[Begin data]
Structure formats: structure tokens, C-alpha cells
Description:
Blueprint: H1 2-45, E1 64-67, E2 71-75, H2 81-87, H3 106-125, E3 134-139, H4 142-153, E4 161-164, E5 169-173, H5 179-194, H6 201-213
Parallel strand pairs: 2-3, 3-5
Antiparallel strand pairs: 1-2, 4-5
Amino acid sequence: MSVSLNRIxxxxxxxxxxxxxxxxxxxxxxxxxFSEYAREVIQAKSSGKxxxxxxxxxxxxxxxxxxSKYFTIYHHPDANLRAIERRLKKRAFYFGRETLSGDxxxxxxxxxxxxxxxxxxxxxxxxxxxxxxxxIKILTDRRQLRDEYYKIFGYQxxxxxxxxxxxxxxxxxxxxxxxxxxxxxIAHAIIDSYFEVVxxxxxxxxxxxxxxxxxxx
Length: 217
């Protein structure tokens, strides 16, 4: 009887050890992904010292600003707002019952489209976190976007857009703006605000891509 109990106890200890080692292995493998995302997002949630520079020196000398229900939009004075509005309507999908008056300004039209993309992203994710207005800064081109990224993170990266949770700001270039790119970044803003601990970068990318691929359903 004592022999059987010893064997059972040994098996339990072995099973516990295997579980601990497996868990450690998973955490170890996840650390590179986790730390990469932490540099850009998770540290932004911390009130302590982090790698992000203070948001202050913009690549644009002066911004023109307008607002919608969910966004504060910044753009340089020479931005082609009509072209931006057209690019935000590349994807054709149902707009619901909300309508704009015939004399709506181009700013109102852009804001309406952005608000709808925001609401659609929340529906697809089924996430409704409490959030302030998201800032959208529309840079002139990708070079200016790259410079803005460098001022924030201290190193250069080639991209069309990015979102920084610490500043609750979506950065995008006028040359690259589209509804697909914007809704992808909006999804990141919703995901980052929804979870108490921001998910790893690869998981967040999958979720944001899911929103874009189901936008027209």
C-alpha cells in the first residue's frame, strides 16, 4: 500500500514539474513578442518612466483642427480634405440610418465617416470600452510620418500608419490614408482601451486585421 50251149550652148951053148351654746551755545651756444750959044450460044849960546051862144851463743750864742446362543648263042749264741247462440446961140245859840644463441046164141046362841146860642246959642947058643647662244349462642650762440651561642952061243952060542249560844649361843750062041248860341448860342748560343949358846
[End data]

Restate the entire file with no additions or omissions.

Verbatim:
Structure formats: structure tokens, C-alpha cells
Description:
Blueprint: H1 2-45, E1 64-67, E2 71-75, H2 81-87, H3 106-125, E3 134-139, H4 142-153, E4 161-164, E5 169-173, H5 179-194, H6 201-213
Parallel strand pairs: 2-3, 3-5
Antiparallel strand pairs: 1-2, 4-5
Amino acid sequence: MSVSLNRIxxxxxxxxxxxxxxxxxxxxxxxxxFSEYAREVIQAKSSGKxxxxxxxxxxxxxxxxxxSKYFTIYHHPDANLRAIERRLKKRAFYFGRETLSGDxxxxxxxxxxxxxxxxxxxxxxxxxxxxxxxxIKILTDRRQLRDEYYKIFGYQxxxxxxxxxxxxxxxxxxxxxxxxxxxxxIAHAIIDSYFEVVxxxxxxxxxxxxxxxxxxx
Length: 217
């Protein structure tokens, strides 16, 4: 009887050890992904010292600003707002019952489209976190976007857009703006605000891509 109990106890200890080692292995493998995302997002949630520079020196000398229900939009004075509005309507999908008056300004039209993309992203994710207005800064081109990224993170990266949770700001270039790119970044803003601990970068990318691929359903 004592022999059987010893064997059972040994098996339990072995099973516990295997579980601990497996868990450690998973955490170890996840650390590179986790730390990469932490540099850009998770540290932004911390009130302590982090790698992000203070948001202050913009690549644009002066911004023109307008607002919608969910966004504060910044753009340089020479931005082609009509072209931006057209690019935000590349994807054709149902707009619901909300309508704009015939004399709506181009700013109102852009804001309406952005608000709808925001609401659609929340529906697809089924996430409704409490959030302030998201800032959208529309840079002139990708070079200016790259410079803005460098001022924030201290190193250069080639991209069309990015979102920084610490500043609750979506950065995008006028040359690259589209509804697909914007809704992808909006999804990141919703995901980052929804979870108490921001998910790893690869998981967040999958979720944001899911929103874009189901936008027209």
C-alpha cells in the first residue's frame, strides 16, 4: 500500500514539474513578442518612466483642427480634405440610418465617416470600452510620418500608419490614408482601451486585421 50251149550652148951053148351654746551755545651756444750959044450460044849960546051862144851463743750864742446362543648263042749264741247462440446961140245859840644463441046164141046362841146860642246959642947058643647662244349462642650762440651561642952061243952060542249560844649361843750062041248860341448860342748560343949358846